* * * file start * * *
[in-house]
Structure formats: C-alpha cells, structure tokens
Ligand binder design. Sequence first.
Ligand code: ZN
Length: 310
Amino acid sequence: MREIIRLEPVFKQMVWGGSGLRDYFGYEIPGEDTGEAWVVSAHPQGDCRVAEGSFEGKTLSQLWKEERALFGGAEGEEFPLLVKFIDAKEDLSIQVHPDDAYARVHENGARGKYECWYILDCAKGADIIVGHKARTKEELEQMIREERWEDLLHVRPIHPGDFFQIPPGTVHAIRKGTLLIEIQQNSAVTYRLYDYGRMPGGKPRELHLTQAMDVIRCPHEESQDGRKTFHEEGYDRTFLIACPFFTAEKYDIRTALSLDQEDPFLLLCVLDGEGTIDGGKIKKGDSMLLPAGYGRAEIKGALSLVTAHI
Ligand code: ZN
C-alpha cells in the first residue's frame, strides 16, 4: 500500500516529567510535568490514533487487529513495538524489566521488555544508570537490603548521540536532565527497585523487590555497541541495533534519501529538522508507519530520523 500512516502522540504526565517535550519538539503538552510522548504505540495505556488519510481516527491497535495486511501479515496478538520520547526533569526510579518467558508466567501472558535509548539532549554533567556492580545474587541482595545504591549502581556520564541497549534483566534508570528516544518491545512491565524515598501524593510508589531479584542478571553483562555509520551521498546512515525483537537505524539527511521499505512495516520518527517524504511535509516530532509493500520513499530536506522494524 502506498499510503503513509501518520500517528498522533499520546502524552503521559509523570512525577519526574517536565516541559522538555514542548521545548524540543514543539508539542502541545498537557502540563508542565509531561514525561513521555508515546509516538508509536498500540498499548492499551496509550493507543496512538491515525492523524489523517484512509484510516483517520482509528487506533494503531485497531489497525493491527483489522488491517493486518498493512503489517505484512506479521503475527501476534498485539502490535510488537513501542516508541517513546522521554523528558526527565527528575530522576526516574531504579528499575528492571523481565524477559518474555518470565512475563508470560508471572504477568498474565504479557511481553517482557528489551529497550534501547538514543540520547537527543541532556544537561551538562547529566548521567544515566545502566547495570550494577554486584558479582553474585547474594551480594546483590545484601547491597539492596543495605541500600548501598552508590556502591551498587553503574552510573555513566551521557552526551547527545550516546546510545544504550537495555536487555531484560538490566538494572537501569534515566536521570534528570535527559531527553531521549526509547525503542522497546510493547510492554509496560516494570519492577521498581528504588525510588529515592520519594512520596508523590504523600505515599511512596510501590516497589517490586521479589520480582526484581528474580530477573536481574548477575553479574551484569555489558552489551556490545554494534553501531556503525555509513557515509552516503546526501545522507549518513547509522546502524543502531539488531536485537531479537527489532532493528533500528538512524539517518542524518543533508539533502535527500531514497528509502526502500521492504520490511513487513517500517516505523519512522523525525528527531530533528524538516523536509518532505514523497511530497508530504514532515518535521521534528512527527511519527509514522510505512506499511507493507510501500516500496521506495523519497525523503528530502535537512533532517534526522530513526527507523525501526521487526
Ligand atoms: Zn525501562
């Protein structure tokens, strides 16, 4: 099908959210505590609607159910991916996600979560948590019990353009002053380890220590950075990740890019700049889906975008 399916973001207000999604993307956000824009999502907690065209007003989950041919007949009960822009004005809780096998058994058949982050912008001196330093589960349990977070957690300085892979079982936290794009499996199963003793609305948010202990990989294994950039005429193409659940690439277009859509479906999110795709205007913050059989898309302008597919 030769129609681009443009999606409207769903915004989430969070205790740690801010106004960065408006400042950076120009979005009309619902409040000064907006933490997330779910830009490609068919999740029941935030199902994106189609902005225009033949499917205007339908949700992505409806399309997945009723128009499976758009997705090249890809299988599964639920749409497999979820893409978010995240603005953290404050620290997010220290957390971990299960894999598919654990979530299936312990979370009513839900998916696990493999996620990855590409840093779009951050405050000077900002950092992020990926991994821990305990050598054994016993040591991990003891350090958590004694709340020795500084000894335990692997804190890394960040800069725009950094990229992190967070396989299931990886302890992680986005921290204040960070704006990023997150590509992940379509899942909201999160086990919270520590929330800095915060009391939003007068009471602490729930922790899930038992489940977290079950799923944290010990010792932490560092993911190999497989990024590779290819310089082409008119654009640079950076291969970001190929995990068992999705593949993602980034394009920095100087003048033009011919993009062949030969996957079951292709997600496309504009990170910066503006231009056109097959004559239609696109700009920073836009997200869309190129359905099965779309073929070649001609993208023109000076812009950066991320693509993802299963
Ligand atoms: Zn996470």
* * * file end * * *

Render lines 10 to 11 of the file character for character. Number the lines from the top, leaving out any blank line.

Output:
């Protein structure tokens, strides 16, 4: 099908959210505590609607159910991916996600979560948590019990353009002053380890220590950075990740890019700049889906975008 399916973001207000999604993307956000824009999502907690065209007003989950041919007949009960822009004005809780096998058994058949982050912008001196330093589960349990977070957690300085892979079982936290794009499996199963003793609305948010202990990989294994950039005429193409659940690439277009859509479906999110795709205007913050059989898309302008597919 030769129609681009443009999606409207769903915004989430969070205790740690801010106004960065408006400042950076120009979005009309619902409040000064907006933490997330779910830009490609068919999740029941935030199902994106189609902005225009033949499917205007339908949700992505409806399309997945009723128009499976758009997705090249890809299988599964639920749409497999979820893409978010995240603005953290404050620290997010220290957390971990299960894999598919654990979530299936312990979370009513839900998916696990493999996620990855590409840093779009951050405050000077900002950092992020990926991994821990305990050598054994016993040591991990003891350090958590004694709340020795500084000894335990692997804190890394960040800069725009950094990229992190967070396989299931990886302890992680986005921290204040960070704006990023997150590509992940379509899942909201999160086990919270520590929330800095915060009391939003007068009471602490729930922790899930038992489940977290079950799923944290010990010792932490560092993911190999497989990024590779290819310089082409008119654009640079950076291969970001190929995990068992999705593949993602980034394009920095100087003048033009011919993009062949030969996957079951292709997600496309504009990170910066503006231009056109097959004559239609696109700009920073836009997200869309190129359905099965779309073929070649001609993208023109000076812009950066991320693509993802299963
Ligand atoms: Zn996470």